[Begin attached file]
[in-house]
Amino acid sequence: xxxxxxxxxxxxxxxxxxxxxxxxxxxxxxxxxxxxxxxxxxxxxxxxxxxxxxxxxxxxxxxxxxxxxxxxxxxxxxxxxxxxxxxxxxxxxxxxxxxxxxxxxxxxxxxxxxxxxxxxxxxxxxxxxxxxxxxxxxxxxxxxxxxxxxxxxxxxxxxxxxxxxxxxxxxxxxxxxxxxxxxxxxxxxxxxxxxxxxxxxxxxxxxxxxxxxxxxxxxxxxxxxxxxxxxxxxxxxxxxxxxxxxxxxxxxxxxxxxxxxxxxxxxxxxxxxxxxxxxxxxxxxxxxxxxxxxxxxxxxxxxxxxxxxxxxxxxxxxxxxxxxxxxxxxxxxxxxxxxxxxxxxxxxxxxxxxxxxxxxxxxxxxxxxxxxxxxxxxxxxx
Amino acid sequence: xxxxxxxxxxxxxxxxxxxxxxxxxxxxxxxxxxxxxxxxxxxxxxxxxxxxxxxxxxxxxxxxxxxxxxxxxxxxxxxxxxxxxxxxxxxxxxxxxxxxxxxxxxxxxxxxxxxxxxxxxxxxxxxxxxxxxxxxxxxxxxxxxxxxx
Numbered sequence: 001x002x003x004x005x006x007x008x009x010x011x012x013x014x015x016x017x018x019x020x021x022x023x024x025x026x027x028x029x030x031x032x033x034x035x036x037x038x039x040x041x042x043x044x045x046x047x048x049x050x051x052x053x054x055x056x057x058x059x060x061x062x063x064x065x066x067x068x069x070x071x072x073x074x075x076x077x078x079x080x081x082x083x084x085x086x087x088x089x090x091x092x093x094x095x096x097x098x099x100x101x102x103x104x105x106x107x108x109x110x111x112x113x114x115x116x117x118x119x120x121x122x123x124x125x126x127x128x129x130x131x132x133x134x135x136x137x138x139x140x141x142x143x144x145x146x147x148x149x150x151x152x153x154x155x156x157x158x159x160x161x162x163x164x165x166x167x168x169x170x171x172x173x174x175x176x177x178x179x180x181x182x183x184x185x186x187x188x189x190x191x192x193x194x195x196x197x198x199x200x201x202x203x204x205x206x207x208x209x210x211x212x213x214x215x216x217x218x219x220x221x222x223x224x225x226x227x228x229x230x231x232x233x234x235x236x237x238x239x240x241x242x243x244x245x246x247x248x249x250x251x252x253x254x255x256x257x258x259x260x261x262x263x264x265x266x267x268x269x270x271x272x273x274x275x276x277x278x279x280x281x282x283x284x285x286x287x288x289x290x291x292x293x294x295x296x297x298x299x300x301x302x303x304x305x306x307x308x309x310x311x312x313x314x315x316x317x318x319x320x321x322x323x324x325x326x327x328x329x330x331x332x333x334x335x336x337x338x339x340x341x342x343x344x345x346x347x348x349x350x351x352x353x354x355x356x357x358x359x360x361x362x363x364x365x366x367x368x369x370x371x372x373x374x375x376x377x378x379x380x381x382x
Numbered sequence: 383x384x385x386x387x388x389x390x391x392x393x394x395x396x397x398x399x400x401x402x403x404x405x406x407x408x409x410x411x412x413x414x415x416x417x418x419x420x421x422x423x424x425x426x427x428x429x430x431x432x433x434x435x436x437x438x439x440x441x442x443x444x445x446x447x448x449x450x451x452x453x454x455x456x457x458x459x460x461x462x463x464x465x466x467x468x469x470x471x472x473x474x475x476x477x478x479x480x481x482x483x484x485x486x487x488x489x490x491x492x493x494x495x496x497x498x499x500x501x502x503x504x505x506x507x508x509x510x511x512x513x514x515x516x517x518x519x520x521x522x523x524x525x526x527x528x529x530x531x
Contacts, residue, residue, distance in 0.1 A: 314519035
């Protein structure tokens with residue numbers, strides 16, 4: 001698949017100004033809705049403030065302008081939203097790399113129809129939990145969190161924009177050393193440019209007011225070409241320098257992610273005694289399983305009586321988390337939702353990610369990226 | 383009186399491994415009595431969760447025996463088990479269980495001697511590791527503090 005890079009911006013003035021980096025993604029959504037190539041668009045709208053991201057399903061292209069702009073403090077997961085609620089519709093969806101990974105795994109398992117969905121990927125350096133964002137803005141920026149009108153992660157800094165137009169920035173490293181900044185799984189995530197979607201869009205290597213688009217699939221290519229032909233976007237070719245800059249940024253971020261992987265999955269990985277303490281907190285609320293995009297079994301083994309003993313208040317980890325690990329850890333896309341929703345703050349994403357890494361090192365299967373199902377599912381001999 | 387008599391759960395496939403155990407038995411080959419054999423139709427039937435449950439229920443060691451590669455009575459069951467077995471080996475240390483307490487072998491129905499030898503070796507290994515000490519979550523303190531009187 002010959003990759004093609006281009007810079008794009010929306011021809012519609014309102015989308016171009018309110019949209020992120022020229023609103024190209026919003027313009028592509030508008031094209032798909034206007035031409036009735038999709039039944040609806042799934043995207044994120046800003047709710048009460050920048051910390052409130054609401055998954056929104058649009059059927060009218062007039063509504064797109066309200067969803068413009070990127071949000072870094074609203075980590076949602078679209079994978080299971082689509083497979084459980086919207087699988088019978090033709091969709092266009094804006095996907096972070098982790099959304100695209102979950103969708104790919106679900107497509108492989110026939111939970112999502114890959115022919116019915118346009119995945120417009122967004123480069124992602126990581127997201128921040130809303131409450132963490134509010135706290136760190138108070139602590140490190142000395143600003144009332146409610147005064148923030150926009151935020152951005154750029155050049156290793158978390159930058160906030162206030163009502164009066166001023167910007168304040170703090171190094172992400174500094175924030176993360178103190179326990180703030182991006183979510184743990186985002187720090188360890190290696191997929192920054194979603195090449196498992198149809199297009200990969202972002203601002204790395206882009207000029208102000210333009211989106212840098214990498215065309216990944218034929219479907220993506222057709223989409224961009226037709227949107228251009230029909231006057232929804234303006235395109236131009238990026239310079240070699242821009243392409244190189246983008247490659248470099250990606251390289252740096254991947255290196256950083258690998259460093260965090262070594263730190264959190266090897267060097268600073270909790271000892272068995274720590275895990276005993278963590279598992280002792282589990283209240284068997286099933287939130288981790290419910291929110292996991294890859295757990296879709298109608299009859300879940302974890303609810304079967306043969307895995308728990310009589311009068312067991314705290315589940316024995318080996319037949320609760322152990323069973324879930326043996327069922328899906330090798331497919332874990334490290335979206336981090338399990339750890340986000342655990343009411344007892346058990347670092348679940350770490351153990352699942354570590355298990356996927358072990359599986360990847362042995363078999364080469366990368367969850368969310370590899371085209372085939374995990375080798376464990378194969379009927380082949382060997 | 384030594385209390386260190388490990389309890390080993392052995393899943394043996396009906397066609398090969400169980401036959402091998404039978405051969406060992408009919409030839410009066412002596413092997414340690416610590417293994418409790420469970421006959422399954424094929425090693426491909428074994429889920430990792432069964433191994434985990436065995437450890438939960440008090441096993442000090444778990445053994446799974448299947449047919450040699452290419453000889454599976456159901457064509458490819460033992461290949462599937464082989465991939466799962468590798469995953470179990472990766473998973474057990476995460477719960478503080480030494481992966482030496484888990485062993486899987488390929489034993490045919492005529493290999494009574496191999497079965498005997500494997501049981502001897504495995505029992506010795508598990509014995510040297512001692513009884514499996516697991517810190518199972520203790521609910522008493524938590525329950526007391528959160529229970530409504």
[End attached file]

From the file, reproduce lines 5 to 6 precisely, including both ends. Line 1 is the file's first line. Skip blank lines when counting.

Numbered sequence: 383x384x385x386x387x388x389x390x391x392x393x394x395x396x397x398x399x400x401x402x403x404x405x406x407x408x409x410x411x412x413x414x415x416x417x418x419x420x421x422x423x424x425x426x427x428x429x430x431x432x433x434x435x436x437x438x439x440x441x442x443x444x445x446x447x448x449x450x451x452x453x454x455x456x457x458x459x460x461x462x463x464x465x466x467x468x469x470x471x472x473x474x475x476x477x478x479x480x481x482x483x484x485x486x487x488x489x490x491x492x493x494x495x496x497x498x499x500x501x502x503x504x505x506x507x508x509x510x511x512x513x514x515x516x517x518x519x520x521x522x523x524x525x526x527x528x529x530x531x
Contacts, residue, residue, distance in 0.1 A: 314519035